Heroshot

1917 Detroit Electric Model 64 A

5-Passenger Brougham
$140,000
Sale Price
$30,000 - $40,000
Est. Range
No
Reserve
19 August 2022
Sold Date
138
Lot Number
#3
Older Restoration
Bonhams
Auction House
Chassis no. 9341. Two-tone gray over gray cloth. 48-volt DC electric motor with an estimated 3 bhp, 16-volt batteries, tiller steering, painted wire wheels, Lincoln wide whitewalls tiller steering, wood window trim.

Evaluation: Published in the catalogue as a 1914 Model 47 A but later found to be a 1917 model year 64 A. Restored in the 1980s. Numerous chips and cracks in old paint. Aged brightwork. Paint coming off the wheels. Old tires. Lightly worn seats. An interesting early electric from Detroit Electric, one of the better known early electric carmakers that built about 13,000 units before going bust in 1939.

Bottom Line: As EVs become a bigger and bigger part of the automotive ecosystem, it only makes sense that early electrics, which roamed our roads in greater numbers than most people realize 100 years ago, are more relevant to collectors than ever. But nobody expected this eye-popping number, including Bonhams whose high estimate is less than a third of the car’s final price. While some in the car space were talking about the significance of two first-gen Tesla Roadsters coming to Monterey and the collectability of modern EVs, this 105-year-old relic with tiller steering comes along and sells for more than both of them.

by Andrew Newton
3 September 2022
A story about
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Condition definitions
Condition #1: Concours
Condition #1 vehicles are the best in the world. The visual image is of the best vehicle, in the right colors, driving onto the lawn at the finest concours. Perfectly clean, the vehicle has been groomed down to the tire treads. Painted and chromed surfaces are mirror-like. Dust and dirt are banned, and materials used are correct and superbly fitted. The one word description for #1 vehicles is “concours.“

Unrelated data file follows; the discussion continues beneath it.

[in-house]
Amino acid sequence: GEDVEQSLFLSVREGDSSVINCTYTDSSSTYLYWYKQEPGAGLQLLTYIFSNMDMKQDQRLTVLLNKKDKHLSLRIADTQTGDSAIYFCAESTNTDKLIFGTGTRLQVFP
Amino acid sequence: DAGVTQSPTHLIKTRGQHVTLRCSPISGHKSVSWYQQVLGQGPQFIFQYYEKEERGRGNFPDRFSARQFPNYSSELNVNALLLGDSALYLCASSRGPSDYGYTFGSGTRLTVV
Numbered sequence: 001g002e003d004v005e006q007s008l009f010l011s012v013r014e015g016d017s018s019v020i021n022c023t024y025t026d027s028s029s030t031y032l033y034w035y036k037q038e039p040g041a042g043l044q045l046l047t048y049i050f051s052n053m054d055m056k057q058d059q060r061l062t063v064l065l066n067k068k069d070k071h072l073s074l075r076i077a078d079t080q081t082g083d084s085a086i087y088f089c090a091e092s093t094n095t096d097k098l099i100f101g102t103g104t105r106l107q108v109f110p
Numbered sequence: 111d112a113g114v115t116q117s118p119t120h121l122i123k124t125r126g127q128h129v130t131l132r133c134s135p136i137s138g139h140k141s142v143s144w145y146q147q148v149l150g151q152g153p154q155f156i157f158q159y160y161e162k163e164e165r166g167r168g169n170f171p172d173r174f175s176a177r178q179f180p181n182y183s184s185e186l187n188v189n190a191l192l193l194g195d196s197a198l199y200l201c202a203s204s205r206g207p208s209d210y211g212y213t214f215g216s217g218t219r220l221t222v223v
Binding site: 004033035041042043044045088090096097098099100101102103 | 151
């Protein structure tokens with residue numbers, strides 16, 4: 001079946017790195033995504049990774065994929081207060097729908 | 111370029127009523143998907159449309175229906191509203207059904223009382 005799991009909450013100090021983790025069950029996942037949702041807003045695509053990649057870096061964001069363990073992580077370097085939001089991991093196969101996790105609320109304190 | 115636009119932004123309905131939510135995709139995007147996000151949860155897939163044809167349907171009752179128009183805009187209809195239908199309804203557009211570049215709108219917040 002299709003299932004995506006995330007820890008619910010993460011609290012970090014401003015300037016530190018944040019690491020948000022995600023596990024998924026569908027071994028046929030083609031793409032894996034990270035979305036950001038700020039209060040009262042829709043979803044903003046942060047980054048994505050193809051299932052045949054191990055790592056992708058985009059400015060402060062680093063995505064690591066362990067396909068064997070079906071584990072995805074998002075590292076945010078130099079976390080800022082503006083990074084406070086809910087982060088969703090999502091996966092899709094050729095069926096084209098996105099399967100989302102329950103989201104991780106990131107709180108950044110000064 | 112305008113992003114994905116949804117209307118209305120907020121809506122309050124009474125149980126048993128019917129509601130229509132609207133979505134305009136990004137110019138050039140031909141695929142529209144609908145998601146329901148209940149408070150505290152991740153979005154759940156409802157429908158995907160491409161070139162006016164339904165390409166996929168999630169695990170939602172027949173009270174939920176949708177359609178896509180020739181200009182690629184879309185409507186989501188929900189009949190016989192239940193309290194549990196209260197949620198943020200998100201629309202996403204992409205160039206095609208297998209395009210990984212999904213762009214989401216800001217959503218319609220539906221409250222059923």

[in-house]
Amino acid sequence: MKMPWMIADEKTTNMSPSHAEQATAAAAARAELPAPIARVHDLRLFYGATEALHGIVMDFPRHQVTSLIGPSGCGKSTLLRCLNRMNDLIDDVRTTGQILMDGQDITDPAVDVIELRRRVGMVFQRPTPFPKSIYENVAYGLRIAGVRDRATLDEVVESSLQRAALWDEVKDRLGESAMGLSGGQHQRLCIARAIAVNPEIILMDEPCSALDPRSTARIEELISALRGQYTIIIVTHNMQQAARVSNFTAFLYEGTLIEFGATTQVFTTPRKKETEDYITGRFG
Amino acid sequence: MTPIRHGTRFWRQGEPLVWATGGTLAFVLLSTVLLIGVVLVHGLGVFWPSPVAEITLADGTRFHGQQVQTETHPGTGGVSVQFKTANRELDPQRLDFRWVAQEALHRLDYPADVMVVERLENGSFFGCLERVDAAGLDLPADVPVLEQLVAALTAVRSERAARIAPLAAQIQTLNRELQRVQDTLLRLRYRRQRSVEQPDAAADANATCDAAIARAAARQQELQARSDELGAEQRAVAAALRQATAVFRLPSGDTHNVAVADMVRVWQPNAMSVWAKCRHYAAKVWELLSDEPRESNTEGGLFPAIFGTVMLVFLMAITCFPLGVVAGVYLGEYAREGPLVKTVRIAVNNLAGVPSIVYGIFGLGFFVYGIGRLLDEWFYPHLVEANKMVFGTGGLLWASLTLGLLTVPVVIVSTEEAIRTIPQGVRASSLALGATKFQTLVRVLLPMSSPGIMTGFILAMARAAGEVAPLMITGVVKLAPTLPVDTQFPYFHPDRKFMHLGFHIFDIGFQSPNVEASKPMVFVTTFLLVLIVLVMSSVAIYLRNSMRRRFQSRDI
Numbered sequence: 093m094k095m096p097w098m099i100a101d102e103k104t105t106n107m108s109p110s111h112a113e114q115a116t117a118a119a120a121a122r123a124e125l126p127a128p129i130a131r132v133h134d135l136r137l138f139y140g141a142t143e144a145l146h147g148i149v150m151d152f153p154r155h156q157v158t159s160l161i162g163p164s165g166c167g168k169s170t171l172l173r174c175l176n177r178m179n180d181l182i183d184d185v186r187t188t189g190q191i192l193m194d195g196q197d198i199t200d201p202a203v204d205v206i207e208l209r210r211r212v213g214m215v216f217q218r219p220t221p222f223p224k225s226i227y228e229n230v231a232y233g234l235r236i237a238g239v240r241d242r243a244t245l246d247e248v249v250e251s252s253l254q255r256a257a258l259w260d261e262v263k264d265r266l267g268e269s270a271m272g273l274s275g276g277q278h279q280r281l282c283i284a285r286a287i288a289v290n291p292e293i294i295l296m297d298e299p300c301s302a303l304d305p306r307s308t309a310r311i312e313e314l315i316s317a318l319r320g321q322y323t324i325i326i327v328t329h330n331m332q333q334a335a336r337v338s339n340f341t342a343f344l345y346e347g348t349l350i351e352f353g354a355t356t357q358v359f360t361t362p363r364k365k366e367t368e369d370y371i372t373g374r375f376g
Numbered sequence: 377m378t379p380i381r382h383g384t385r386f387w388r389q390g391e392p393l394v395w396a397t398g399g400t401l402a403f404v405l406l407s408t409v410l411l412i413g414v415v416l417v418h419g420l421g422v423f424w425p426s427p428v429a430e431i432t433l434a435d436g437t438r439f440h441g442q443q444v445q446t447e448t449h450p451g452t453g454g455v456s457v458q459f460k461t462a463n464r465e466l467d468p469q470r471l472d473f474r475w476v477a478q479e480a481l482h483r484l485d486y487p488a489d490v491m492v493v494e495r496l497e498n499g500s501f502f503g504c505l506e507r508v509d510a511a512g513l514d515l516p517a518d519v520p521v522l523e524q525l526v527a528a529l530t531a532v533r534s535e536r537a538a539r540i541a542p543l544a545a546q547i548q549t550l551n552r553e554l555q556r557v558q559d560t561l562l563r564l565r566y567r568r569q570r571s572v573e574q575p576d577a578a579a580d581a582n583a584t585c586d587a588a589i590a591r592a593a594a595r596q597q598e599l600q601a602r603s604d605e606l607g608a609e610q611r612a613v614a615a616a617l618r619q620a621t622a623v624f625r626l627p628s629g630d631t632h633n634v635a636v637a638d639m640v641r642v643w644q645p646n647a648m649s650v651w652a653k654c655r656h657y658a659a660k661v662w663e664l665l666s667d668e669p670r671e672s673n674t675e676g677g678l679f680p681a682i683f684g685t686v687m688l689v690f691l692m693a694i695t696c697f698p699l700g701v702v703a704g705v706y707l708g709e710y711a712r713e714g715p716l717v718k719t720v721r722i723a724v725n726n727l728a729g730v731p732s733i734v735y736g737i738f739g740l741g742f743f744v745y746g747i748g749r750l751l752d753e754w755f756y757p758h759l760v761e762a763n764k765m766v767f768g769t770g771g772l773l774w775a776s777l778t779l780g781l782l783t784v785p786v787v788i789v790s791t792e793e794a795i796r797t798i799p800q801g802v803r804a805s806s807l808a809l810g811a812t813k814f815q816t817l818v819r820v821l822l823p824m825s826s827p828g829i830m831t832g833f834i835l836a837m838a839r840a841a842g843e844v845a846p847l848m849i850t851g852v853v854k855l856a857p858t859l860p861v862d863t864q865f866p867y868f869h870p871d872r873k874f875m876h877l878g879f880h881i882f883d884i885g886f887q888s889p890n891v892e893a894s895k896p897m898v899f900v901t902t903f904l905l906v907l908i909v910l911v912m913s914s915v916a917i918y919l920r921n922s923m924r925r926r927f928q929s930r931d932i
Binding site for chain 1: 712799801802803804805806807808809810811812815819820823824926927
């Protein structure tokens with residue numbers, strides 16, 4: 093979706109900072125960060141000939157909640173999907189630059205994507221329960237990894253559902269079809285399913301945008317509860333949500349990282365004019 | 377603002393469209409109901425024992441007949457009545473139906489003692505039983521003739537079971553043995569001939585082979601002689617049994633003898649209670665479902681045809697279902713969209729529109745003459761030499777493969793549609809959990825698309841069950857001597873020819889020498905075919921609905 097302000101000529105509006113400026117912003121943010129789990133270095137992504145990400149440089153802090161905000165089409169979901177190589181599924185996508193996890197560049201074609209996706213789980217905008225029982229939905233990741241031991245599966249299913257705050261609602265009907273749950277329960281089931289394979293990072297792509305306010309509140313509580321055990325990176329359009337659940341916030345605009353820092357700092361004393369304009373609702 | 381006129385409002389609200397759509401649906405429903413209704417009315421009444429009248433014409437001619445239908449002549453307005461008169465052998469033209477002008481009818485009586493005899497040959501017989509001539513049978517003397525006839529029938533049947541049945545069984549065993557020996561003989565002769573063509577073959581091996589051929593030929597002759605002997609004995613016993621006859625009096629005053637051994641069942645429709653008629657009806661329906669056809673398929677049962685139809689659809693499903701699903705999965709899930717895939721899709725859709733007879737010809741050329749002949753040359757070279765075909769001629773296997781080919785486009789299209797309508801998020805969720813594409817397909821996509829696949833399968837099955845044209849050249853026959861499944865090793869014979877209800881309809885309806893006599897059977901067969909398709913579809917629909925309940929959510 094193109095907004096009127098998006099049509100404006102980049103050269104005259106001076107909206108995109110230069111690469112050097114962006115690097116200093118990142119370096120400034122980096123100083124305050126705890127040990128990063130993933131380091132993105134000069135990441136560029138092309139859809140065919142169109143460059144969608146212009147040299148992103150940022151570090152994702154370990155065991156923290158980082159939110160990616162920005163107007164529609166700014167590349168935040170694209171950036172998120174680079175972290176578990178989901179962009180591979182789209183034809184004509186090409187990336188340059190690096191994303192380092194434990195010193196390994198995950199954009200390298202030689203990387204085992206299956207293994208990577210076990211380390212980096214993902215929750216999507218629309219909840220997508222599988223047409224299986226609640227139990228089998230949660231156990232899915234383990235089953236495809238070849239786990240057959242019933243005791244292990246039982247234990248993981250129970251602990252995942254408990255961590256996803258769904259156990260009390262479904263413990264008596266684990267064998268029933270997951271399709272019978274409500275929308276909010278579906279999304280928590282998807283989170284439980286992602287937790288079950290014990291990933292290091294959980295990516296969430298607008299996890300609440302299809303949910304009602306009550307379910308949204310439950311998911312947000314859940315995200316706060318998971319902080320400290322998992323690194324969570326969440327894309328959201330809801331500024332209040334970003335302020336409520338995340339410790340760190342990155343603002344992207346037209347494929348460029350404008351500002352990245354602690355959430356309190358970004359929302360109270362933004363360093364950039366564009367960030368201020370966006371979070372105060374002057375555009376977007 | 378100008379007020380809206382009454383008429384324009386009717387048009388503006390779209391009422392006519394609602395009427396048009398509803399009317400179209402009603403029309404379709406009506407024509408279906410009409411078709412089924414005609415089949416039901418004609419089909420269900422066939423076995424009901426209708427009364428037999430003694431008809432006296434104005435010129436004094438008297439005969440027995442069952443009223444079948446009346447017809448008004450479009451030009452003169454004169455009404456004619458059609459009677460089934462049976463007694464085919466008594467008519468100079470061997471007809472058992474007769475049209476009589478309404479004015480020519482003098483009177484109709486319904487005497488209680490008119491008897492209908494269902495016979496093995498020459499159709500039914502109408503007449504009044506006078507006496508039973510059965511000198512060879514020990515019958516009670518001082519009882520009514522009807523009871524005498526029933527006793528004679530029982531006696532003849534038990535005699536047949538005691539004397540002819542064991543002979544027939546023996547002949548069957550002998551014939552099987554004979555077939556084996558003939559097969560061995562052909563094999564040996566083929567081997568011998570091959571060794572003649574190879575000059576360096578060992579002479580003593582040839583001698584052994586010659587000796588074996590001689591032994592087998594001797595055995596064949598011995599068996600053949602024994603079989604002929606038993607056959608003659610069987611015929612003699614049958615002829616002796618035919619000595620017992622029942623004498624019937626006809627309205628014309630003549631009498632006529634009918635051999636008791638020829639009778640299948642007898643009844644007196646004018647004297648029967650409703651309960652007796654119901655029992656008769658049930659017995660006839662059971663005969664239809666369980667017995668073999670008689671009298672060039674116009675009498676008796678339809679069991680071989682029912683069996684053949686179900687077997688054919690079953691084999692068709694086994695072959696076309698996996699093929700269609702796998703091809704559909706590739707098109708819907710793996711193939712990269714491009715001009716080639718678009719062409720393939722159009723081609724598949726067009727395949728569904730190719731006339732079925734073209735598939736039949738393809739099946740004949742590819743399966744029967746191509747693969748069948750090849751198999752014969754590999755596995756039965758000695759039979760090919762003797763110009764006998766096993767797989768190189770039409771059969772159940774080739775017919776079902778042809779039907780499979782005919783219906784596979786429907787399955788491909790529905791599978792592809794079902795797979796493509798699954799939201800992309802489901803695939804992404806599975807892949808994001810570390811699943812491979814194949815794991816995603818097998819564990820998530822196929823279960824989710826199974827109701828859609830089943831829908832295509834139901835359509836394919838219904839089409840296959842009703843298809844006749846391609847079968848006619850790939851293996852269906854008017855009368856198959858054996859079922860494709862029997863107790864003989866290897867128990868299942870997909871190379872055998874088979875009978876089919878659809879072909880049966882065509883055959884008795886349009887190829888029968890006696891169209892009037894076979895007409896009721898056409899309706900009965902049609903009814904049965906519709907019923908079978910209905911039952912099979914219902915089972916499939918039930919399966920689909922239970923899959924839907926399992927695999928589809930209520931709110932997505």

Condition #2: Excellent
#2 vehicles could win a local or regional show. They can be former #1 vehicles that have been driven or have aged. Seasoned observers will have to look closely for flaws, but will be able to find some not seen by the general public. The paint, chrome, glass and finishes will all appear as excellent. No excessive smoke will be seen on startup, no unusual noises will emanate from the engine. The vehicle will drive as a new vehicle of its era would. The one word description for #2 vehicles is “excellent.“
Condition #3: Good
#3 vehicles could possess some, but not all of the issues of a #4 vehicle, but they will be balanced by other factors such as a fresh paint job or a new, correct interior where applicable. #3 vehicles drive and run well, but might have some incorrect parts. These vehicles are not used for daily transportation but are ready for a long tour without excuses, and the casual passerby will not find any visual flaws. “Good” is the one word description of a #3 vehicle.
Condition #4: Fair
#4 vehicles are daily drivers, with flaws visible to the naked eye. The chrome might have pitting or scratches, the windshield might be chipped. Paintwork is imperfect, and perhaps the body has a minor dent. Split seams or a cracked dash, where applicable, might be present. No major parts are missing, but the wheels could differ from the originals, or other non- stock additions might be present. A #4 vehicle can also be a deteriorated restoration. “Fair” is the one word that describes a #4 vehicle.
Condition #5: Poor
Running, but battered, incomplete, and perhaps rusty.
Condition #6: Parts car
Parts car.
N/A
Hagerty only assigns condition ratings to vehicles we can inspect in person or, for online listings, via high-quality photography.